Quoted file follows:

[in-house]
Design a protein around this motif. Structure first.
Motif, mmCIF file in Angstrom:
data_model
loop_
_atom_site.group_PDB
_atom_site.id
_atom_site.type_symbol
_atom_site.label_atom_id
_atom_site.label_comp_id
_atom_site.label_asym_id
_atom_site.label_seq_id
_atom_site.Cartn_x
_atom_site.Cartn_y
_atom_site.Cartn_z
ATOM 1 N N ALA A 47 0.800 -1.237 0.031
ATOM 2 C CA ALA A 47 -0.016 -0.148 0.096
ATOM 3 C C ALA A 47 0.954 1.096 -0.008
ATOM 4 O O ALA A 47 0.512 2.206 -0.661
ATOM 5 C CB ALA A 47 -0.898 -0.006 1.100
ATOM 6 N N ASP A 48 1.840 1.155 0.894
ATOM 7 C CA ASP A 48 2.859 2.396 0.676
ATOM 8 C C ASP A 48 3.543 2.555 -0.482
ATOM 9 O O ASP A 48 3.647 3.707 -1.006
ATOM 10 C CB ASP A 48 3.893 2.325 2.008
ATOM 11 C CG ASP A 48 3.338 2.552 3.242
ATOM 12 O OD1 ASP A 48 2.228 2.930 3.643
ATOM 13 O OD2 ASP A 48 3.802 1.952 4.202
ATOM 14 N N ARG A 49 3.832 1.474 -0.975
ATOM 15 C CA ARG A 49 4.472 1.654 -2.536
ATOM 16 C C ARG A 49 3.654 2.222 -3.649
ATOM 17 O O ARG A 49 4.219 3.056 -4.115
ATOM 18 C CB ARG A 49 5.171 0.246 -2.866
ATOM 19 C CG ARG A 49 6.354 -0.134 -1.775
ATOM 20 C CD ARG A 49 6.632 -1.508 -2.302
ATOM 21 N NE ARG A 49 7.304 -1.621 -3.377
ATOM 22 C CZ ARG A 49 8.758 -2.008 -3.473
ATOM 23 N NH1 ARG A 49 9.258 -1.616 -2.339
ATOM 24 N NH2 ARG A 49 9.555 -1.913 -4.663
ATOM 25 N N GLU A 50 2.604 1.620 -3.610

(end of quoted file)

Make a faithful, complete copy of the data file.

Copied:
[in-house]
Design a protein around this motif. Structure first.
Motif, mmCIF file in Angstrom:
data_model
loop_
_atom_site.group_PDB
_atom_site.id
_atom_site.type_symbol
_atom_site.label_atom_id
_atom_site.label_comp_id
_atom_site.label_asym_id
_atom_site.label_seq_id
_atom_site.Cartn_x
_atom_site.Cartn_y
_atom_site.Cartn_z
ATOM 1 N N ALA A 47 0.800 -1.237 0.031
ATOM 2 C CA ALA A 47 -0.016 -0.148 0.096
ATOM 3 C C ALA A 47 0.954 1.096 -0.008
ATOM 4 O O ALA A 47 0.512 2.206 -0.661
ATOM 5 C CB ALA A 47 -0.898 -0.006 1.100
ATOM 6 N N ASP A 48 1.840 1.155 0.894
ATOM 7 C CA ASP A 48 2.859 2.396 0.676
ATOM 8 C C ASP A 48 3.543 2.555 -0.482
ATOM 9 O O ASP A 48 3.647 3.707 -1.006
ATOM 10 C CB ASP A 48 3.893 2.325 2.008
ATOM 11 C CG ASP A 48 3.338 2.552 3.242
ATOM 12 O OD1 ASP A 48 2.228 2.930 3.643
ATOM 13 O OD2 ASP A 48 3.802 1.952 4.202
ATOM 14 N N ARG A 49 3.832 1.474 -0.975
ATOM 15 C CA ARG A 49 4.472 1.654 -2.536
ATOM 16 C C ARG A 49 3.654 2.222 -3.649
ATOM 17 O O ARG A 49 4.219 3.056 -4.115
ATOM 18 C CB ARG A 49 5.171 0.246 -2.866
ATOM 19 C CG ARG A 49 6.354 -0.134 -1.775
ATOM 20 C CD ARG A 49 6.632 -1.508 -2.302
ATOM 21 N NE ARG A 49 7.304 -1.621 -3.377
ATOM 22 C CZ ARG A 49 8.758 -2.008 -3.473
ATOM 23 N NH1 ARG A 49 9.258 -1.616 -2.339
ATOM 24 N NH2 ARG A 49 9.555 -1.913 -4.663
ATOM 25 N N GLU A 50 2.604 1.620 -3.610